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Future of Talent Institute Weekly - Issue #26

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Future of Talent Institute Weekly

September 4 · Issue #26 · View online
Weekly Trends and Ideas that Make a Difference

Eliminating Bias in Algorithms
Artificial intelligence is basically the execution of algorithms or formulas that tell a program what to do, when to do it, and how to do it.  
At the most basic level, an algorithm follows very simple rules. Examples might be balancing a checkbook or adding a column of numbers and presenting a total. At a more advanced level, it can navigate you to your destination, tell you the speed limit, and what time you will arrive. It will process highly complex strings of directions containing hundreds of rules and steps. Some algorithms are written by humans but more and more they are generated by the software itself. These are called Learner algorithms and this is where problems arise.
Back in 2015, Amazon was using an in-house developed algorithm to rate potential software developers. They soon realized that the algorithm was far from gender-neutral in rating women.
This was caused because the algorithm was using historical data on who had been hired, and the vast majority of applicants had been men. The algorithm “assumed” this was desired because of the frequency of its occurrence and then used gender as a screening criterion.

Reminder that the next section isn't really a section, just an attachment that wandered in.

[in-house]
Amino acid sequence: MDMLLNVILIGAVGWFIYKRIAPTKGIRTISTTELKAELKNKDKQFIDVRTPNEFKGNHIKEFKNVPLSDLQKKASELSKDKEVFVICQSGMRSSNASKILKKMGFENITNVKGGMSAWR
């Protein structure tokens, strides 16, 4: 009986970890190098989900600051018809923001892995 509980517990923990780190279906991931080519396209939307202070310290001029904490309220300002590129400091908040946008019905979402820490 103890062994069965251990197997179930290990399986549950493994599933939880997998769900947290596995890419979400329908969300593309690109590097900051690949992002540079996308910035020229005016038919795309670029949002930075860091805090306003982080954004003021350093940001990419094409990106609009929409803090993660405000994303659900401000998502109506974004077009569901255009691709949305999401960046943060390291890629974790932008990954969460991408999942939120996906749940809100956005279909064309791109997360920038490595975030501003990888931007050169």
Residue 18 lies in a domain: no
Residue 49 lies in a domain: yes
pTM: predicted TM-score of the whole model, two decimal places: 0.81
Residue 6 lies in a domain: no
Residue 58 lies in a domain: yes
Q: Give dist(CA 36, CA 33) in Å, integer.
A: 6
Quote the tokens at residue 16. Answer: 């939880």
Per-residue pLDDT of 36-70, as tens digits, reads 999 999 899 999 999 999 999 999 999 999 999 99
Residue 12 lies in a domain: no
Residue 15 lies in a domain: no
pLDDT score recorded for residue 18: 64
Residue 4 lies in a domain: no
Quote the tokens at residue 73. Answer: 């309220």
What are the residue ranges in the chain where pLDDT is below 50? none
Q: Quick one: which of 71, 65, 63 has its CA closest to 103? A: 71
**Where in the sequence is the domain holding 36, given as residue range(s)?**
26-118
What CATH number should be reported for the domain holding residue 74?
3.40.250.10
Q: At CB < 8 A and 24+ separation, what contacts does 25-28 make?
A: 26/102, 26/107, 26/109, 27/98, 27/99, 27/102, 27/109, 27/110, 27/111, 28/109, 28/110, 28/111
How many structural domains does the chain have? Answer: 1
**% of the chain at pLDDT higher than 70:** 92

An algorithm is only as good as the data it has access to. According to MIT, less than 1% of all data is currently being analyzed. And even less of the data organizations have accumulated about employees is accessible to be analyzed. If Amazon’s algorithm had had access to a larger and more diverse database, the results might have been different.  But, because men have dominated software development and other technical fields, it may have reached the same result. 
Very few algorithms have intentional bias built-in. The bias is the result of past human behavior being mimicked, so to speak, by the program. If more conscious thought and understanding had gone into the defining the output desired, the algorithm could have been instructed to include women or minorities.
Bias can be prevented in algorithms but it takes thoughtfully defining the desired output and understanding what is inherent in the dataset being used by the algorithm.
The articles below provide some insight into how to develop more objective algorithms and how they become so biased.
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3 Ways to Neutralize AI Bias in Recruiting | Visier Inc.
Discriminating algorithms: 5 times AI showed prejudice | New Scientist
Council Post: How Can We Eliminate Bias In Our Algorithms?
All the Ways Hiring Algorithms Can Introduce Bias
About This Newsletter
Hand curated articles, videos, podcasts, and other media on the future of work, talent, recruitment, and learning. If you find this useful, please share on Twitter. You can always reach me at kwheeler@futureoftalent.orgI’d enjoy your comments - positive or negative. Send me an email and let me know what you think.
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